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Spiritual Unity is the latest effort by versatile virtuoso guitarist/composer Marc Ribot since Saints, from four years ago. He takes this opportunity to explore the legacy of Albert Ayler, one of the giants of free jazz. The new unit he gathered for this occasion, featuring drummer Chad Taylor, trumpeter Roy Campbell, and the legendary bassist Henry Grimes, with whom Ayler recorded some of his seminal recordings during the '60s, is as multitalented and flexible as the leader himself.
John Zorn, who twenty years ago was part of a young generation of avant-garde musicians, took the music of another musician (Morricone) and infused it with the sound of his time. Similarly, Marc Ribot has brought the music of Albert Ayler into the modern age. This meeting of minds and eras kicks off with Ribot's tribute composition "Invocation," where he reveals the powerful influence that Ayler's music has had on his music.
This release is full of standout jaw-dropping performances, and it sounds as if these four guys were having a great time jamming together while seamlessly churning out ear-opening examples of sheer brilliance and virtuosity. Instead of following in Ayler's footsteps by playing the original compositions note by note, the band delivers a barrage of sounds that encompasses the emotional depth, rawness, imperfection, and passion that typified Ayler's work.
The music here is truly on the edge, and although this is not the first time that Ribot has paid tribute to Ayler (he covered tunes on his last two albums, Saints and Don't Blame Me), this is the recording that he has totally devoted to Ayler's principles. Like all those great improvisational albums, it rewards the patient listener who is willing to open his mind to new sounds. To me, this is the way tribute albums should always be.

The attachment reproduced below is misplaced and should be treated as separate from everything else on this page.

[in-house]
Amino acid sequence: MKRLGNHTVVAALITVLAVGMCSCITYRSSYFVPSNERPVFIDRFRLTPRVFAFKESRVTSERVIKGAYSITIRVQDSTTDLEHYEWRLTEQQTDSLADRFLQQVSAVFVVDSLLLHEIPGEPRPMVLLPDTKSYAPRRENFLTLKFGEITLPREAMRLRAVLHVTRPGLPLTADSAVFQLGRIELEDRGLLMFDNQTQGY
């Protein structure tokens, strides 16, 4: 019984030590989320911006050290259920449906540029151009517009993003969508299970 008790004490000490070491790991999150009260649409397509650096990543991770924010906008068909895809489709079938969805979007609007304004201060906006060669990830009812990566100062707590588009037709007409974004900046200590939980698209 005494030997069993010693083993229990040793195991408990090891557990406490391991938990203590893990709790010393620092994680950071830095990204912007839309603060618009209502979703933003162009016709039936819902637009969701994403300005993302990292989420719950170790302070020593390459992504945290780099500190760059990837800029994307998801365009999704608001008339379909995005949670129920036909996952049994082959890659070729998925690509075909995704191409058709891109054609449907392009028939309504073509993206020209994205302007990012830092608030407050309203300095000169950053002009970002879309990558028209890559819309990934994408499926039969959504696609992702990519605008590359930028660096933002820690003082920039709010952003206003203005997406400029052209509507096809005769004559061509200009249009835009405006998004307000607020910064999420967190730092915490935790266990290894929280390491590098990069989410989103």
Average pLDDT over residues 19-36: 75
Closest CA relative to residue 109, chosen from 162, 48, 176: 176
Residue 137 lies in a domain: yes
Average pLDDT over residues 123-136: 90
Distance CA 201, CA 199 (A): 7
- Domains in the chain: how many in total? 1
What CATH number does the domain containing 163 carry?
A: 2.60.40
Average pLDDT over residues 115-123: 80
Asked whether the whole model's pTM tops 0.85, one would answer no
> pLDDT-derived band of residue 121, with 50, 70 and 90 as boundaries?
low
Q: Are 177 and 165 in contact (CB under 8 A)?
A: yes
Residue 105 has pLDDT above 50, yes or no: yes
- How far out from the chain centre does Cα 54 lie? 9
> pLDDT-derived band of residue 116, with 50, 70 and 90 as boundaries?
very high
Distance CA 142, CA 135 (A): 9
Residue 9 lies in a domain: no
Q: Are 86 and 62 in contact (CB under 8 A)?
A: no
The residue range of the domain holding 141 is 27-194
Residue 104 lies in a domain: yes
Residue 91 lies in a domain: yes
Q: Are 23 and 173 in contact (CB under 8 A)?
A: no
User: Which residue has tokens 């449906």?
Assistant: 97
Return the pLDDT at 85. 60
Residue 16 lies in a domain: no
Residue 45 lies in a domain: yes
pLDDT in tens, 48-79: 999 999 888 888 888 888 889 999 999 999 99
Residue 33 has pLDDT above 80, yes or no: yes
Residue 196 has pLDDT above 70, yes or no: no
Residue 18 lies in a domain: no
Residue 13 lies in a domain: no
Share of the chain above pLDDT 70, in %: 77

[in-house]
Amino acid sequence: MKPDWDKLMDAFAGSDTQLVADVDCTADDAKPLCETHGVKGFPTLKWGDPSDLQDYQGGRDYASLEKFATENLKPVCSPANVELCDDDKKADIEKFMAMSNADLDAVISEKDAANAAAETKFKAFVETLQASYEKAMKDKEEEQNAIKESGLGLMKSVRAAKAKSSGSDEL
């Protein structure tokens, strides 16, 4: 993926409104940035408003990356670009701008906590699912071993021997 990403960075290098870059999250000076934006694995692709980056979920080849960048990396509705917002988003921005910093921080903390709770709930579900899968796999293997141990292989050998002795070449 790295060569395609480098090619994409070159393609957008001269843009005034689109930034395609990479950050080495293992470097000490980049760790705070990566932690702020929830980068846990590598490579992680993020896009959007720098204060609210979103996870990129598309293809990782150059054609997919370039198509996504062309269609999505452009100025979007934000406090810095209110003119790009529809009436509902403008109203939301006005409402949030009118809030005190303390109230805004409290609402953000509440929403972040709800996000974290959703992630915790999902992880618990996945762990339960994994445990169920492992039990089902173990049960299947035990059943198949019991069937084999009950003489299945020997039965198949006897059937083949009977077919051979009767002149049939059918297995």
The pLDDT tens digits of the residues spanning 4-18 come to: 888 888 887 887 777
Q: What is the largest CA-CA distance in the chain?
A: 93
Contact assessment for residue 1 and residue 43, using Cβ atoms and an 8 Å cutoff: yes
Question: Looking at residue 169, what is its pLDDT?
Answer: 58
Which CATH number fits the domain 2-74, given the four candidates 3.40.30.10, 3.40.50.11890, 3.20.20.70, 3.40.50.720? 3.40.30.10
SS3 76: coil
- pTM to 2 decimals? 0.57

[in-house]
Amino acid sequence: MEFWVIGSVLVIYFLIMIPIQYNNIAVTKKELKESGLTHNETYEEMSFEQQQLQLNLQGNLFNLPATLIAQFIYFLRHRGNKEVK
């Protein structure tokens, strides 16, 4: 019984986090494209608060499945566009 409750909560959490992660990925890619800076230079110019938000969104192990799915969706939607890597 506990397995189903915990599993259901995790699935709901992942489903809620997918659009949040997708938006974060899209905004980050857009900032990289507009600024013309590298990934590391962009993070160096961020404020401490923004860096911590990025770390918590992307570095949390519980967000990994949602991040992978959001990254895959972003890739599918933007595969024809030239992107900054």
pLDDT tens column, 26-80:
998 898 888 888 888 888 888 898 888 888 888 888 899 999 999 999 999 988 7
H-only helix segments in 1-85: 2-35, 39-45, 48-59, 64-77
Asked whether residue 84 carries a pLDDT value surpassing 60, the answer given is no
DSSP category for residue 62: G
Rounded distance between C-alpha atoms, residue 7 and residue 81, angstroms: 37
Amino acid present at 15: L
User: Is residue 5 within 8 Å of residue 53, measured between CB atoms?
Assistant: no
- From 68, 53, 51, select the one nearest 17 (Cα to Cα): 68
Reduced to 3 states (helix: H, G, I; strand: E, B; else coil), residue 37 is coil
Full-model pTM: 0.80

Track Listing: Invocation; Spirits; Truth Is Marching In; Saints; Bells.
Personnel: Marc Ribot: guitar; Roy Campbell: trumpets; Henry Grimes: double bass; Chad Taylor:
I love jazz because anything is possible; it has few rules and the best jazz breaks those ones. I prefer free improv because it doesn't really have any rules at all.
I was first exposed to jazz in my teens (in the late sixties).
The first jazz record I bought was Filles de Kilimanjaro by Miles Davis, shortly followed by Extrapolation by John McLaughlin.
My advice to new listeners is to listen as widely as possible and not to make snap judgments--stick with it.